Prevalence and Risk Factors for Non-Vertebral Fractures in Patients Receiving Oral Glucocorticoids

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Article Information:


Group: 2012
Subgroup: Volume 10, Issue 2, Spring
Date: April 2012
Type: Original Article
Start Page: 480
End Page: 485
DOI: 10.5812/ijem.3442

Authors:

Abstract:


Introduction: Glucocorticoids taken orally increase the risk of fractures. It has been noted that a dose as low as 2.5 mg/day increases the risk of vertebral fracture. What is less clear is the possible influence of other risk factors for osteoporosis on the presence of non-vertebral fractures in patients taking glucocorticoids.
Patients and Methods: A cross-sectional study, performed on 513 men and women from Spain, who were taking at least 7.5 mg/day of oral prednisone for a minimum of 3 months. A questionnaire was developed, through which information on risk factors was collected.
Results: 28.3% of the patients who were taking glucocorticoids at a daily oral dose of 7.5 mg/day for a minimum of 3 months had suffered at least one non-vertebral fracture. The risk increased with age, the number of months the glucocorticoids had been taken, the presence of falls in the last year and, above all, with a maternal history of hip fracture.
Conclusions: In patients taking oral glucocorticoids for over 3 months at doses higher than 7.5 mg/day of prednisone or equivalent, the prevalence of non-vertebral fractures was 28.3%. Some risk factors associated with the presence of these fractures were identified. The duration of glucocorticoid use appears to be more strongly related to the presence of non-vertebral fractures than the daily dose.


 

  • Implication for health policy/practice/research/medical education:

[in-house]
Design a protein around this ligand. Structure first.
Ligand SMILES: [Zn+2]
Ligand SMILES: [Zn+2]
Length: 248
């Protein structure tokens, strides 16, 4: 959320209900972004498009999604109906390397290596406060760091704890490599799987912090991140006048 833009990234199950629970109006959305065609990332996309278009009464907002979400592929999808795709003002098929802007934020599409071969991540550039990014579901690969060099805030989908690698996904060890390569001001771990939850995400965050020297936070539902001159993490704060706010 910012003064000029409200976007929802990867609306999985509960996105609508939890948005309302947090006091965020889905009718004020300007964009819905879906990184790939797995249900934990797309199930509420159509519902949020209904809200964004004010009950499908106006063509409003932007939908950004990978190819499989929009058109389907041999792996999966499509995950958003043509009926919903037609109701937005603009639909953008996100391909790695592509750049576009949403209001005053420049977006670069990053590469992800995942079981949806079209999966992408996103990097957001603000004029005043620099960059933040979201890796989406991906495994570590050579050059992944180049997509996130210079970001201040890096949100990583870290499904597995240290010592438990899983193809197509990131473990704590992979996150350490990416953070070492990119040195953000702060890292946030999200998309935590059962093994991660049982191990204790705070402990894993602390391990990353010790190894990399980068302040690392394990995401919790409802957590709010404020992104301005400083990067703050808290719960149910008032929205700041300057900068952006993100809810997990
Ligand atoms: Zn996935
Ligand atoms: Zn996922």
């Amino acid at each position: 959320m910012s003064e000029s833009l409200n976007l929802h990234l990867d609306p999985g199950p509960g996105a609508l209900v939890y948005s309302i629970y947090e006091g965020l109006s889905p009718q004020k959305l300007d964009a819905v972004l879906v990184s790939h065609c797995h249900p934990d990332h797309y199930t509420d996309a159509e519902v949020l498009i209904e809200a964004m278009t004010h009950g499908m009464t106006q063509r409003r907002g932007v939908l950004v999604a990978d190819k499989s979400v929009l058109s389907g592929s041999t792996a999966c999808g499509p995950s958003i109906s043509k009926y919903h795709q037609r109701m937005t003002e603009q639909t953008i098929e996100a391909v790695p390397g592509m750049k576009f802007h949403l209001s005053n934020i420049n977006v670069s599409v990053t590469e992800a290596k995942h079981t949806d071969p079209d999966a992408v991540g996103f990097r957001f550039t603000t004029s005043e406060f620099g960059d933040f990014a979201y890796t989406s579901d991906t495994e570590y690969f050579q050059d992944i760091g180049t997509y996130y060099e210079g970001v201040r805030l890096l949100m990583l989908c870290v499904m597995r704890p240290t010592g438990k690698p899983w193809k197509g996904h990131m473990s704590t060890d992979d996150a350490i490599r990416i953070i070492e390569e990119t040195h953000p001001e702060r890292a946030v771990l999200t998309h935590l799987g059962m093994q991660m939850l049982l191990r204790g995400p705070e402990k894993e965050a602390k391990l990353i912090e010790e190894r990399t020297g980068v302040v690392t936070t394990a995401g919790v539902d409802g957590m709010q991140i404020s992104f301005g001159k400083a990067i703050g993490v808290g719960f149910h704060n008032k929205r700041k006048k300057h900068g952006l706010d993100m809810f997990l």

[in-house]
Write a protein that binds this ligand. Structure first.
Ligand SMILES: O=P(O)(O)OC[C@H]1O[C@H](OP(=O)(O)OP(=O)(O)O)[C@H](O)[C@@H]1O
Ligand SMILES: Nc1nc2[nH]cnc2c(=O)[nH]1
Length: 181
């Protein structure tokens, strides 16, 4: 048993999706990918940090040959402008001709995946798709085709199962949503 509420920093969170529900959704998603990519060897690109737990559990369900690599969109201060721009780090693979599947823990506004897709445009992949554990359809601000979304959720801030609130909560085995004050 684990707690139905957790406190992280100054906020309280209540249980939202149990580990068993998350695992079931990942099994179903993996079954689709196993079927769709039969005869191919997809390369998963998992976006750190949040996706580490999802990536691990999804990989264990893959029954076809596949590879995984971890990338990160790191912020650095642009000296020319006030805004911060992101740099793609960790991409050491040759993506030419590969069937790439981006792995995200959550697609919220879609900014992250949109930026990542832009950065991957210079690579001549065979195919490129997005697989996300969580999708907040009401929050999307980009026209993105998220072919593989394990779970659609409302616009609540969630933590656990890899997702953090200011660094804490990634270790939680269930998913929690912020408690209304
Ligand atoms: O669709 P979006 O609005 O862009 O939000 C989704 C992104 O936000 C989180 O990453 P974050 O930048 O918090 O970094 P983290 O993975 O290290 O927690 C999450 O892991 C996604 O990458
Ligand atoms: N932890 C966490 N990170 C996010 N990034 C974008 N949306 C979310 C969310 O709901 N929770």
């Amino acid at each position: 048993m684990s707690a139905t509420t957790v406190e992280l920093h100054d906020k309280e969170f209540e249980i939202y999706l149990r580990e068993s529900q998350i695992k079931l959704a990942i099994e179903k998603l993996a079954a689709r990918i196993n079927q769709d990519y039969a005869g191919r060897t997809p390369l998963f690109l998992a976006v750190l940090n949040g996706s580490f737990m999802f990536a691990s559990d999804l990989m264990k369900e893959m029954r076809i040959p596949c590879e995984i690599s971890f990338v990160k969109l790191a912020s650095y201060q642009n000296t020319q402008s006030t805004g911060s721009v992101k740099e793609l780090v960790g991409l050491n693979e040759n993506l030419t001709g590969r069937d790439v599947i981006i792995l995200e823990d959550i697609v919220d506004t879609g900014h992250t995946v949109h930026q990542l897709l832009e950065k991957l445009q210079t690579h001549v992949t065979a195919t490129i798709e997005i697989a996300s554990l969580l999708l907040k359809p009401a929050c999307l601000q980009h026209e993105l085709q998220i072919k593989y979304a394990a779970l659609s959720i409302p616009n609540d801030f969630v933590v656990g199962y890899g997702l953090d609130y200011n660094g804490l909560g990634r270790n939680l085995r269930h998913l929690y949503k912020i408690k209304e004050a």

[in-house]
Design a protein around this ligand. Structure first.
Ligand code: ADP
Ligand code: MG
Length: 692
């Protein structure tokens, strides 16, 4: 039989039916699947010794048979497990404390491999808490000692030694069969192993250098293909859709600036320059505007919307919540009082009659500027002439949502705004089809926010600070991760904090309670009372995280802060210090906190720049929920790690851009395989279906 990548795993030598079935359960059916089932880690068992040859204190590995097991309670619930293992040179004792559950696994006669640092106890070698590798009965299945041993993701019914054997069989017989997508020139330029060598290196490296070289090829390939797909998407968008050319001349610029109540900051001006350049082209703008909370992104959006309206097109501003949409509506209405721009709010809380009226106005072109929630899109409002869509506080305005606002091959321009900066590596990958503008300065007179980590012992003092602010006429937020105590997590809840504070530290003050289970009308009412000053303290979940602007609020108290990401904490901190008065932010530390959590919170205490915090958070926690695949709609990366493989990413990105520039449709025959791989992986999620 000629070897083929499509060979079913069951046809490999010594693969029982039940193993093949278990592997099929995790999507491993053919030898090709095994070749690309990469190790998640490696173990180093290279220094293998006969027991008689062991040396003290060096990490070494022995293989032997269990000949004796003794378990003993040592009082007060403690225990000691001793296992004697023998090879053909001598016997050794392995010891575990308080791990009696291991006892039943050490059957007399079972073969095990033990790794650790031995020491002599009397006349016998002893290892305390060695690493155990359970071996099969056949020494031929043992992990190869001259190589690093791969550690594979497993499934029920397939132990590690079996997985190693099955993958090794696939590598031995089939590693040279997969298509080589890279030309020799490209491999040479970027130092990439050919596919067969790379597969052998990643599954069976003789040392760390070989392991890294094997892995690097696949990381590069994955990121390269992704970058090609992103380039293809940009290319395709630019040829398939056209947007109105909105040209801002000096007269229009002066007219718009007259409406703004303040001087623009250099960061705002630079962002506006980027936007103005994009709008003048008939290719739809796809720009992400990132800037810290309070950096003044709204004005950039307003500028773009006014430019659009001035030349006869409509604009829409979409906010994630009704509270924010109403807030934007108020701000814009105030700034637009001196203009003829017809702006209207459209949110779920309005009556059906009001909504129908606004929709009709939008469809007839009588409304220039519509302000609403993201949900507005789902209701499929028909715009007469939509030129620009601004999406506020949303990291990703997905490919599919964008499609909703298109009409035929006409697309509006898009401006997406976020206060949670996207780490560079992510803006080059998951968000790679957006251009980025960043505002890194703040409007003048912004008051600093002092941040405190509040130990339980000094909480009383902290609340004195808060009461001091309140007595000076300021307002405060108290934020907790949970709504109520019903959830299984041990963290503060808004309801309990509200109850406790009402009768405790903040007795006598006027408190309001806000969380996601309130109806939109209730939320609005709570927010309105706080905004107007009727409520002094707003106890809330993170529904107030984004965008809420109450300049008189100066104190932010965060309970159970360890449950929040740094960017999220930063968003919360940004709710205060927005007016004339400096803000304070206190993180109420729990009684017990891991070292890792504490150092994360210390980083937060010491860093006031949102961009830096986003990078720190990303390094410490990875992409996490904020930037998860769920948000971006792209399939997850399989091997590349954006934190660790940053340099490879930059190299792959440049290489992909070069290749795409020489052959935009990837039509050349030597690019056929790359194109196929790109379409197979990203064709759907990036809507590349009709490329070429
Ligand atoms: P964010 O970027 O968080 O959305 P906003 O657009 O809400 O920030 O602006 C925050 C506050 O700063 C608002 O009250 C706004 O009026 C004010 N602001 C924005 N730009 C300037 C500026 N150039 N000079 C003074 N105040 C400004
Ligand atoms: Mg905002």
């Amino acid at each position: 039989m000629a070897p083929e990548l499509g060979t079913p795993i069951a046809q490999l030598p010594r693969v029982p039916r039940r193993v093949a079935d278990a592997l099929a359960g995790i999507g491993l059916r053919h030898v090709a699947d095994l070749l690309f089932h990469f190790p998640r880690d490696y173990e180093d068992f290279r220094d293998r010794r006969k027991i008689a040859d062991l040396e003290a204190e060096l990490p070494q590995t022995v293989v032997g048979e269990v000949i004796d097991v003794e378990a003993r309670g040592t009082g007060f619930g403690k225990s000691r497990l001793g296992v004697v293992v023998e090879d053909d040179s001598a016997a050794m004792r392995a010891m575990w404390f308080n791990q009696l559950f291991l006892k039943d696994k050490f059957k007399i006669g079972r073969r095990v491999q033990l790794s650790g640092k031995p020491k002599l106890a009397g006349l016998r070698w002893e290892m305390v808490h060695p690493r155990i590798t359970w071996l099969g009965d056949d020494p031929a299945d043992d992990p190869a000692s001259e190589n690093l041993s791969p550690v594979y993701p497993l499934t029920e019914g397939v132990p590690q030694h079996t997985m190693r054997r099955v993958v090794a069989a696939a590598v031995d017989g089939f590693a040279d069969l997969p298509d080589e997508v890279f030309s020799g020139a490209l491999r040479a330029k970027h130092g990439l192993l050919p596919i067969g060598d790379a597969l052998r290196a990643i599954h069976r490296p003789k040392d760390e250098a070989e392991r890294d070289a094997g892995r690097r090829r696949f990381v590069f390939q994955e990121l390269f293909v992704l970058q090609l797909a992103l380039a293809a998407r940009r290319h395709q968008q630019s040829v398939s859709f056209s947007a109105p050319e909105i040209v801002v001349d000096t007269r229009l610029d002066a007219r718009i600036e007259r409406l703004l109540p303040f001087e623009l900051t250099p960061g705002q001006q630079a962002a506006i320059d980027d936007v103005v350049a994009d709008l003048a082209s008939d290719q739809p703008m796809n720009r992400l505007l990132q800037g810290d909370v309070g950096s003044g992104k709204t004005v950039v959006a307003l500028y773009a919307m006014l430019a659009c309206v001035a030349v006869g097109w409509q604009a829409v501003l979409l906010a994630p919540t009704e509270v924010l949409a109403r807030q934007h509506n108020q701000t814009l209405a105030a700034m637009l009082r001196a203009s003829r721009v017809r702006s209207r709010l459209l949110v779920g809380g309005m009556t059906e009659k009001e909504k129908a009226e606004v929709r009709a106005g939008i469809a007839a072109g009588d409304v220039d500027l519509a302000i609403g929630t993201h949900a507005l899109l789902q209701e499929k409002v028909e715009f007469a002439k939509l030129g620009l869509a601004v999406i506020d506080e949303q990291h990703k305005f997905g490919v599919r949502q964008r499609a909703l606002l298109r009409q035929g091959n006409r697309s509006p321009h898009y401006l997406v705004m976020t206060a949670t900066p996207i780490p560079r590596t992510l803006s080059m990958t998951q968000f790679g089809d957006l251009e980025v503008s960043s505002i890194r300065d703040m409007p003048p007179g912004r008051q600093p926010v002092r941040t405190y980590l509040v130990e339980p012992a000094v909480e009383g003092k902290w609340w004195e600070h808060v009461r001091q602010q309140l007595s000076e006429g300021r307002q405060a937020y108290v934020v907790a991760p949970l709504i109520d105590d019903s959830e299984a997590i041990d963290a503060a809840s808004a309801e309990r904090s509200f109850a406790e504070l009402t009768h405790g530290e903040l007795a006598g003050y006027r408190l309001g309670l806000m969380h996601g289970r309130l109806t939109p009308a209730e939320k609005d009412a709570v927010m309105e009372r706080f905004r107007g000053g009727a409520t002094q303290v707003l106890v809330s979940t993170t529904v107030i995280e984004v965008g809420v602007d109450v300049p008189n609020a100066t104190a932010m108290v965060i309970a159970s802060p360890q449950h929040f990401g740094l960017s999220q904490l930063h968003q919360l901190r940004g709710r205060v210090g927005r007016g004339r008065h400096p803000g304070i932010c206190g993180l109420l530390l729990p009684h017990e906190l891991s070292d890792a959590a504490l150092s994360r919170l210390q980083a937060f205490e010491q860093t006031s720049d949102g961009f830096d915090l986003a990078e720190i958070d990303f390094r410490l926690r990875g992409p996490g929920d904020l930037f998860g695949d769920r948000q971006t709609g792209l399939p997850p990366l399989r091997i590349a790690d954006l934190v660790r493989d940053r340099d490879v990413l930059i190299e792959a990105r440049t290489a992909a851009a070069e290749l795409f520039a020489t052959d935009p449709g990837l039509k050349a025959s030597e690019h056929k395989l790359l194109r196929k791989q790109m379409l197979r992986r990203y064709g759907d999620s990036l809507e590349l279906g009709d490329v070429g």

This study focus on the Some risk factors associated with the presence of non-vertebral fractures in patients taking glucocorticoids. 
  • Please cite this paper as:
    Sosa M, Gomez-de-Tejada MJ, Saavedra P, Blazquez JA, Garcia JA, Valdes C, et al. Prevalence and Risk Factors for Non-Vertebral Fractures in Patients Receiving Oral Glucocorticoids . Int J Endocrinol Metab. 2012;10(2):480-485. DOI: 10.5812/ijem.3442

Copyright © 2012 Kowsar Corp. All rights reserved.


Keywords: Adrenal Cortex Hormones;Osteoporosis

Manuscript Body:


1. Introduction

The detrimental effect that glucocorticoids taken orally have on bone mineral metabolism is well known (1-4). Loss of bone mineral density (BMD) (detected both by dual X-ray absorptiometry [DXA] and ultrasound [QUS]), deterioration in bone quality and increased prevalence of vertebral, non-vertebral and hip fractures have been reported. Van Staa et al. were able to establish the dose and period of time required to produce an increase in the risk of both vertebral and hip fractures. The relative rate of non-vertebral fracture during oral glucocorticoid treatment was 1.33 (95% confidence interval [CI], 1.29–1.38), 1.61 for hip fracture (1.47–1.76), 1.09 for forearm fracture (1.01–1.17) and 2.60 for vertebral fracture (2.31–2.92). A dose-dependent risk of fracture was observed. With a standardized daily dose of less than 2.5 mg prednisolone, the hip fracture risk was 0.99 (0.82–1.20) relative to a control group, rising to 1.77 (1.55–2.02) at daily doses of 2.5–7.5 mg and 2.27 (1.94–2.66) at doses of 7.5 mg or greater. For vertebral fracture, the relative rates were 1.55 (1.20–2.01), 2.59 (2.16–3.10) and 5.18 (4.25–6.31) (5-7).
Less is known, however, about the role of other risk factors in the pathogenesis of fragility fractures associated with glucocorticoid therapy. The aim of this study was to investigate the prevalence of non-vertebral fractures in a population of men and women on long-term glucocorticoid therapy and to examine the role of other risk factors.

2. Patients and Methods

This was a cross-sectional, observational, co-operative and multicenter study performed jointly by the Spanish Society for Bone and Mineral Metabolism Research (SEIOMM) and all the national scientific societies related to osteoporosis. In Appendix 1, there is a list of these societies, their national co-ordinators and the individuals who collaborated in this study.
Clinical data were collected from a total of 519 men and women from Spain. The criteria for inclusion in the study were: patients of both genders, age over 40 years and the taking of oral steroids at a minimum 7.5 mg/daily of prednisone or equivalent over a period of 3 consecutive months or more. Of these patients, 6 were excluded because they did not meet the inclusion criteria. Patients were recruited through the participating centers over a 10-week period. The clinicians selected the patients as they attended the medical practices. In the end, 513 individuals were included.